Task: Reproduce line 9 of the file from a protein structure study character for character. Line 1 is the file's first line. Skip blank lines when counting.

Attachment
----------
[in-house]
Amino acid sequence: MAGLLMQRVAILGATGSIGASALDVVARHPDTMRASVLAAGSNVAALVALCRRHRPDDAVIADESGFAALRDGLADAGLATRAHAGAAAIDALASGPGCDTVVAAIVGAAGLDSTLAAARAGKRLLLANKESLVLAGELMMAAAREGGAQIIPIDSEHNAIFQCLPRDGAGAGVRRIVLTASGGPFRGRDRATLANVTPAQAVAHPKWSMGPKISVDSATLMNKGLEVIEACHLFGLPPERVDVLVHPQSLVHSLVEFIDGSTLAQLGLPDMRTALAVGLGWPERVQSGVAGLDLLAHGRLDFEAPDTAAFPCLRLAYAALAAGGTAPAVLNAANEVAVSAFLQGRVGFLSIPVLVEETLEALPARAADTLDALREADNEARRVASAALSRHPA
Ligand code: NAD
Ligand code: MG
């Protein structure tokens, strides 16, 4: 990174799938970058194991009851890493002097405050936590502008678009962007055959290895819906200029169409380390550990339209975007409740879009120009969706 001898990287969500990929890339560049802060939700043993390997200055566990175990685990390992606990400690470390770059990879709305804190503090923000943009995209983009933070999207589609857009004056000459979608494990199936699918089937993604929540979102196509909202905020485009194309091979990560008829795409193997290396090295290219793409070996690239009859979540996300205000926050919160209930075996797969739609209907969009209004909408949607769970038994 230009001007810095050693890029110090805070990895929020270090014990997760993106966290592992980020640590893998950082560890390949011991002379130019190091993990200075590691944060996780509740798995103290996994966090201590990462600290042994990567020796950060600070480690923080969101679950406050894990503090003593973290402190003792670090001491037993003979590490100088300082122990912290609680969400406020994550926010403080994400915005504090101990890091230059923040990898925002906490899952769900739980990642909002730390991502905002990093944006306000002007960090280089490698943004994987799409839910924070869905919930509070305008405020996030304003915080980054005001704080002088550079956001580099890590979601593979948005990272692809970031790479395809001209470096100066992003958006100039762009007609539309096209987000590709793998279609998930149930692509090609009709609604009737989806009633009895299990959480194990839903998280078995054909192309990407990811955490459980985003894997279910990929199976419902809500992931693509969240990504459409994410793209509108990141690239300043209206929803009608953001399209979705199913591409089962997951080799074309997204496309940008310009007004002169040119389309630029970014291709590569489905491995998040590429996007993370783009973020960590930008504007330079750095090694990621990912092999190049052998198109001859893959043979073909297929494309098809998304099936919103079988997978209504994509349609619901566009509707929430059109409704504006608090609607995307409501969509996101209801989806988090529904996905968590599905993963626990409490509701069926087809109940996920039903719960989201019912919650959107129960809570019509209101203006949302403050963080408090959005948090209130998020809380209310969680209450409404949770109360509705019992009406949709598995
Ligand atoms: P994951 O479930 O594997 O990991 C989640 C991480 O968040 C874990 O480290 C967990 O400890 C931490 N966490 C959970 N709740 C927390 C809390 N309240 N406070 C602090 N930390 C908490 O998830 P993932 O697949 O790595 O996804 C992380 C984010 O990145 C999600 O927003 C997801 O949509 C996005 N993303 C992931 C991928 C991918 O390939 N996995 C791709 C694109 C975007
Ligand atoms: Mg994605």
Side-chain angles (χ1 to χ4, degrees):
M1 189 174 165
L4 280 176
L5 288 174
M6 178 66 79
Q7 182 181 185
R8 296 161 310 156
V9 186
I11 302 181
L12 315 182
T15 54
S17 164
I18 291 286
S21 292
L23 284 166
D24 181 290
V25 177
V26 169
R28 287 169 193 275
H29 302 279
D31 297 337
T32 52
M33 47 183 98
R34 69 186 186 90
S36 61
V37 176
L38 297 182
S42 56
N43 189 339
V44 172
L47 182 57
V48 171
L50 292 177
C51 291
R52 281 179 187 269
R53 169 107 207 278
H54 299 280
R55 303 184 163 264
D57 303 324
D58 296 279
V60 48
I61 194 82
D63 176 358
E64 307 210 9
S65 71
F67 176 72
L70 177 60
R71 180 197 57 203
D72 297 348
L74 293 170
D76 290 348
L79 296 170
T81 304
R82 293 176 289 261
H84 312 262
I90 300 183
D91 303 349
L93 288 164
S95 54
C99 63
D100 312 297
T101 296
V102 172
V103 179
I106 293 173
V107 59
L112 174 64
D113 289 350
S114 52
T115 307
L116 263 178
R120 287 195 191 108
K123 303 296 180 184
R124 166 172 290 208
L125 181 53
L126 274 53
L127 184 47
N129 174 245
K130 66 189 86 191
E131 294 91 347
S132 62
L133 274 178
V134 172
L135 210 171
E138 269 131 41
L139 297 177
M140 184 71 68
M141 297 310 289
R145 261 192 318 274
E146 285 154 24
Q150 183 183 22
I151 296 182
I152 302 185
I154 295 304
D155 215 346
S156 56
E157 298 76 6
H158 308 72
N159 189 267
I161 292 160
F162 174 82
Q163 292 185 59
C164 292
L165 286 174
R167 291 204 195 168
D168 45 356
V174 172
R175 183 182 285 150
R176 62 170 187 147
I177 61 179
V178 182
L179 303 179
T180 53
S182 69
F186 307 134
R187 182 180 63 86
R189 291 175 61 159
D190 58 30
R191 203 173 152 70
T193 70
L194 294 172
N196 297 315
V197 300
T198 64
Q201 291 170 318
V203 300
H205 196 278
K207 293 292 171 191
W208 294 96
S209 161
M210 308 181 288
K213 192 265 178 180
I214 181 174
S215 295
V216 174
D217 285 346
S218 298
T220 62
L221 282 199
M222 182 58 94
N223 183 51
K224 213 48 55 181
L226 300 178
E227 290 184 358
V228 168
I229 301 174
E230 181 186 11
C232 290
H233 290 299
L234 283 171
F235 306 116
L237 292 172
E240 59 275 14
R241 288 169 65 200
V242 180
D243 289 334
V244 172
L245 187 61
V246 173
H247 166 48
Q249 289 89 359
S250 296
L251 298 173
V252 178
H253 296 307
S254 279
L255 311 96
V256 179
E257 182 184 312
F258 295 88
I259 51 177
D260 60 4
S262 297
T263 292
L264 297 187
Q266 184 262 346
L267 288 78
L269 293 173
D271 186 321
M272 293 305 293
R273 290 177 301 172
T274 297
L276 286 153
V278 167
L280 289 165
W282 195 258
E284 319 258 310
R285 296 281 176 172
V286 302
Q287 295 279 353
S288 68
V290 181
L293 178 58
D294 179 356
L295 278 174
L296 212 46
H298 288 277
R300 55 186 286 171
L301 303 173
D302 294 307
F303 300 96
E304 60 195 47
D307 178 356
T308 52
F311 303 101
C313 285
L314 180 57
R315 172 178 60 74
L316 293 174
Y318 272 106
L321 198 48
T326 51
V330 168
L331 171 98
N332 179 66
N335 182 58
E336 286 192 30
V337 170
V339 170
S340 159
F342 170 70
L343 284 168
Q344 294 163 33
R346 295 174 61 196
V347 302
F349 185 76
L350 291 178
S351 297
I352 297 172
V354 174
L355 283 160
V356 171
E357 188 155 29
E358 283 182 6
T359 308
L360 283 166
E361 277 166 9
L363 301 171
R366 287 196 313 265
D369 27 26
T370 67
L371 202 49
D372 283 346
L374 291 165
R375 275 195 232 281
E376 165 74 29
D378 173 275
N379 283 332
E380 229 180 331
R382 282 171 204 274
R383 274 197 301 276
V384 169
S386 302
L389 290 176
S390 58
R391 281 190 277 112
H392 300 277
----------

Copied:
M1 189 174 165